Why did Turkish coup plot fail?
For several hours on Friday night hundreds of Turkish soldiers appeared to have taken control of key areas of the main cities of Ankara and Istanbul.
There was little sign of President Recep Erdogan as the plotters took over buildings and media outlets. They needed to secure the support of the public and especially the majority of the military.
Prime Minister Binali Yildirim appeared to be leading resistance to the coup, but as most Turks know, it is President Erdogan who wields the power and has designs on extending it.
If the coup was going to succeed, the conspirators had to keep him out of the picture and they were unable to do so. "I am the chief commander," he said later.
When the tide turned
For hours it was unclear where President Erdogan was. Reports said he was on holiday at the Aegean resort of Marmaris, deep in Turkey's south-west.
The tide turned when the president flew into Istanbul's Ataturk airport and gave a defiant news conference.
The moment he touched base in Istanbul it was clear the government was regaining control and had the support of senior military figures.
Ankara, where his palace and the government are based, was not yet secure, but in Istanbul he was able to address Turkey directly.
It had been "an act of treason and rebellion", he told reporters. Ilnur Cevik, a senior presidential adviser, told the BBC soon afterwards that the coup had been defeated by the will of the Turkish population.
"It's very clear there was a coup attempt but rapidly the situation turned in favour of the government and Erdogan asked the people to flock into the streets in Ankara and Istanbul and that's what they did."
It was the Turkish people who reclaimed Ataturk airport from the military and the people who took back state TV and radio from the military, he said.
Controlling the message
In reality, the soldiers who took over the studios at TRT had rebuffed a civilian attempt to force them out, and the coup ringleaders were able to continue broadcasting their message.
A "Peace Council" had taken power and a curfew was in place, they said.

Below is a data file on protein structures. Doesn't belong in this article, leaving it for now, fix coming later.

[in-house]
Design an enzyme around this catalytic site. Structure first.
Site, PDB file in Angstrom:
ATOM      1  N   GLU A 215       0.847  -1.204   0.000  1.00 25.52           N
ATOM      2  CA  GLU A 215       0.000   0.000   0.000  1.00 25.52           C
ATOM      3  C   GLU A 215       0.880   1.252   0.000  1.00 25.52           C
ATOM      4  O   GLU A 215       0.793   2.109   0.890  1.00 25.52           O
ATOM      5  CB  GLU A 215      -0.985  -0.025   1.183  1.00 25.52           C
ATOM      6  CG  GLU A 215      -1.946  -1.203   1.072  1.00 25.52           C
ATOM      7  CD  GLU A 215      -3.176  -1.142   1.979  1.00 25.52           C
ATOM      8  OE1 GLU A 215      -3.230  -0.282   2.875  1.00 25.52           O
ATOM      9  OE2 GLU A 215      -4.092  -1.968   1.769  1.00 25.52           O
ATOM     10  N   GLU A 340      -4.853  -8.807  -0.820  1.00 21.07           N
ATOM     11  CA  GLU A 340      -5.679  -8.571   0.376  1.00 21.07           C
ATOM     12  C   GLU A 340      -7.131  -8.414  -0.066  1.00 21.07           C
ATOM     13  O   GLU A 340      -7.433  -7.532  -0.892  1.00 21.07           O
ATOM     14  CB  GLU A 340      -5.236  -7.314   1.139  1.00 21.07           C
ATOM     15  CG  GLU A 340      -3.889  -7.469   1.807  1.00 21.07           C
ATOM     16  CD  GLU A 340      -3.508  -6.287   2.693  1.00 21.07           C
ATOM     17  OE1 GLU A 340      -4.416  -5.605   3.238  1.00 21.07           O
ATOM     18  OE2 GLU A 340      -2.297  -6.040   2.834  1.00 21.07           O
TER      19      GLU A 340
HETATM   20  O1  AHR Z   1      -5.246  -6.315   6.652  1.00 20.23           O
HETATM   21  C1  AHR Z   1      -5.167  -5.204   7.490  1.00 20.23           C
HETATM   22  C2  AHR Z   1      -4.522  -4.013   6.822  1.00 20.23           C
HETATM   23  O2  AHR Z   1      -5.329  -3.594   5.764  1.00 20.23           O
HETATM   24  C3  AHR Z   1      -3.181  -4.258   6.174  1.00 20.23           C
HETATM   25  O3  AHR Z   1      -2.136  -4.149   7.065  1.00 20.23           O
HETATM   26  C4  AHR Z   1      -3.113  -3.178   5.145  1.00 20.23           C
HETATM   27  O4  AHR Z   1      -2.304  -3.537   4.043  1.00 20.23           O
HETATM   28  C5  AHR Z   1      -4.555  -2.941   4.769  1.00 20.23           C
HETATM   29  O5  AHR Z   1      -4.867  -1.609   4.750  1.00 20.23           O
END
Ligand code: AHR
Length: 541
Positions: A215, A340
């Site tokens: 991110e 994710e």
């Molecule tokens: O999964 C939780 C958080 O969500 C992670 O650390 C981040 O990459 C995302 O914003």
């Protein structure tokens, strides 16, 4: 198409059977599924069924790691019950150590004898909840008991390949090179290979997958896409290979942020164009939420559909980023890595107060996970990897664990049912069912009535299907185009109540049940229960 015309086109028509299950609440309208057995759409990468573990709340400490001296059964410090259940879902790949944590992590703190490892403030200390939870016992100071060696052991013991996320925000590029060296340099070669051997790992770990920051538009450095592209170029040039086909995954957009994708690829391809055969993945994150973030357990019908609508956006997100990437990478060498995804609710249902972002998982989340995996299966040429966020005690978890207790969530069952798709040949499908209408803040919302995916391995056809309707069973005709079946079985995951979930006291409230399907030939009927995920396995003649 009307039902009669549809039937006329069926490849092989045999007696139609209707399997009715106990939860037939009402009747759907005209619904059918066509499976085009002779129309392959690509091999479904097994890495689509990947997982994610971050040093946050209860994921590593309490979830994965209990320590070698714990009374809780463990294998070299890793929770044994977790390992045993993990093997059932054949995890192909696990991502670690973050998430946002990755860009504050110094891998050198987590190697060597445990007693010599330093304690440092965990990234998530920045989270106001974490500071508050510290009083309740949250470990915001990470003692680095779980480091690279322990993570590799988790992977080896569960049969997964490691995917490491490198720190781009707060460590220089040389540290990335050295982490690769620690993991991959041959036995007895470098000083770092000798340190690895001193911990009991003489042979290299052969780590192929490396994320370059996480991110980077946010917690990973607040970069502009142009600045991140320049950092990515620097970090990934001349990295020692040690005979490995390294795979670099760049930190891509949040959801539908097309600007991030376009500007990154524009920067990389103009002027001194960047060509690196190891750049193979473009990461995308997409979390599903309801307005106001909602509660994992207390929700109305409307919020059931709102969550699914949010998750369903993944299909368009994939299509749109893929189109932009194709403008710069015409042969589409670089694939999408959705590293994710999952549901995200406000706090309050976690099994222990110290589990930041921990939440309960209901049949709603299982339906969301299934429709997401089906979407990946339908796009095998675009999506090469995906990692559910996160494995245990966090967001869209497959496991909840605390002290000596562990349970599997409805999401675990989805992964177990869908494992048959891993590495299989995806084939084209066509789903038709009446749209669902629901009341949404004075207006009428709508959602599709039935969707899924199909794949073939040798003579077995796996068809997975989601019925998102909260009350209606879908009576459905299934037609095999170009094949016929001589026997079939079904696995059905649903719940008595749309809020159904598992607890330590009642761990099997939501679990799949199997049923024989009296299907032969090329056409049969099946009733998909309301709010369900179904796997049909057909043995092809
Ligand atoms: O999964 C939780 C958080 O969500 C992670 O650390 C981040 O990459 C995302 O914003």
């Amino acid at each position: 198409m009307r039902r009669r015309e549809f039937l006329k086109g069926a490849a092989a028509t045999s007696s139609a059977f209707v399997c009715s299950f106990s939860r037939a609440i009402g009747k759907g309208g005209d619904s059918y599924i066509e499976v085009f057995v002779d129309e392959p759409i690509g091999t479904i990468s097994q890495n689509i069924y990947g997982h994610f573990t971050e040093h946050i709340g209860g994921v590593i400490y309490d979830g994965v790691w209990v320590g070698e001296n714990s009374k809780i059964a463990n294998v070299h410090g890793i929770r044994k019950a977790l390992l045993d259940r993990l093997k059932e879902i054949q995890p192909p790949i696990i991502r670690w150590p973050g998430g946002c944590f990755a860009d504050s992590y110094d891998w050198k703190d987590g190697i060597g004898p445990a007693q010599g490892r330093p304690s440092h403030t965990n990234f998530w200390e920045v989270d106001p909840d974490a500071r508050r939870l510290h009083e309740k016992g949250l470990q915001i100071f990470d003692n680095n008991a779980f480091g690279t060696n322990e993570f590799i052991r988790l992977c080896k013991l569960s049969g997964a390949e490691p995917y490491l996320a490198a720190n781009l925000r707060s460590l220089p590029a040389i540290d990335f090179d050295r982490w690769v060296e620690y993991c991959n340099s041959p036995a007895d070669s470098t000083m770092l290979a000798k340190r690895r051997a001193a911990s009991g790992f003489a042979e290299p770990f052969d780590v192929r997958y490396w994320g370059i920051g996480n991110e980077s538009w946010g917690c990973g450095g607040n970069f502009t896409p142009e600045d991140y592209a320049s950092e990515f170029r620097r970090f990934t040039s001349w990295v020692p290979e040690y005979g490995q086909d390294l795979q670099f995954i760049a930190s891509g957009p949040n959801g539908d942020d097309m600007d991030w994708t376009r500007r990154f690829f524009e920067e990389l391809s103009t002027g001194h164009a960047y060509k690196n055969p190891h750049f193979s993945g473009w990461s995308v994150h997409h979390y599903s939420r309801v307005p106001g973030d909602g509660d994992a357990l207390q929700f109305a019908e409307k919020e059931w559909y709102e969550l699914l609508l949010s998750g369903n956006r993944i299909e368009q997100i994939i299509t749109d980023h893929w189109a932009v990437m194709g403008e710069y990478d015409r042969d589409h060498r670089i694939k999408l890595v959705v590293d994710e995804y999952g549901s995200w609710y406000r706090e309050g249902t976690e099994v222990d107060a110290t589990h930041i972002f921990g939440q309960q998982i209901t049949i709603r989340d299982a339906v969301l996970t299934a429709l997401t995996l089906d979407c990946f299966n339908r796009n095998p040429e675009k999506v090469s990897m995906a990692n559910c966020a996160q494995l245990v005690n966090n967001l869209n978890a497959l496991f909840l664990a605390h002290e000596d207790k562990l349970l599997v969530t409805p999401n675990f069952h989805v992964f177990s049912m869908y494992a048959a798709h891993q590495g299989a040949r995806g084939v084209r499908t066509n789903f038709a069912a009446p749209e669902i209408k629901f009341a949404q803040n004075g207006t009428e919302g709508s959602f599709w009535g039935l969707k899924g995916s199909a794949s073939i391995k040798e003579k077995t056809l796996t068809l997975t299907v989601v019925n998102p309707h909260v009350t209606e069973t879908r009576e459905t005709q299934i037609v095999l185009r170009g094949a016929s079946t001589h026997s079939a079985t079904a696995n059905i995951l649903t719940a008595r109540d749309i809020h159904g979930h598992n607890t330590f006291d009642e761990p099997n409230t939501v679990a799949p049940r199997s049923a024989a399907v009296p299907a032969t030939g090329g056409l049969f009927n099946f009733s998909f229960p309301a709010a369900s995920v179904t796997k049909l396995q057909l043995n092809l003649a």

Another broadcaster, CNN Turk, also went off air when soldiers walked into a studio control room and social media outlets were disrupted.
But the plotters' control of media outlets was not to last and even before he had arrived at Ataturk airport President Erdogan contacted CNN Turk and appeared in a video call, urging Turks to take to the streets.
The president may have been lucky. He said the hotel where he had been staying was bombed after he had left and his secretary general had been seized.
Did the coup have widespread military support?
For the coup to have succeeded it required backing across the armed forces. A large number of soldiers may have been involved, and in several Turkish cities.
Tanks took to the streets and the bridges over the Bosphorus in Istanbul were taken over.
But the chief of staff, Gen Hulusi Akar, was not part of the coup, nor was the head of the army in Istanbul, who took command while Gen Akar was being held by the plotters.
The navy chief and special forces commander also spoke out against the uprising and F-16 fighter jets attacked some of the rebel tanks.
"This attempted coup collapsed before it even started," said Fadi Hakura of UK-based Chatham House, who said it was amateurish and failed to attract broad military support.
There was no political or public backing either. The opposition secular CHP said Turkey had seen enough coups and did not want "these difficulties repeated". The nationalist MHP also rallied behind the government.
Who were the plotters?
They are a faction within the army, and military figures say they are a small group within the First Army, whose headquarters is in Istanbul.
"They didn't represent the vast majority of the military," says Fadi Hakura, who believes their failure is evidence coups no longer enjoy the broad support they once did in Turkey.
Recep Tayyip Erdogan has long warned against potential coups and in recent years his government has attempted to purge the military and police of figures it suspects of agitating against his Islamist-rooted AK Party.
Could it have all been planned in America?
President Erdogan has for years accused a former ally, Fethullah Gulen, of plotting against him. The pair fell out and Mr Gulen went into self-imposed exile into the US.
And it did not take long for the president to blame "the parallel state", a clear reference to his rival.
The Gulen movement itself denied involvement. A pro-Gulen group said it found the attempted coup "strange and interesting" but rejected any attack on democracy, fearing renewed attacks on its movement.
However, the government quickly acted to suspend five generals and 29 colonels who they said were linked to the "parallel state", Turkish Anadolu news agency reported.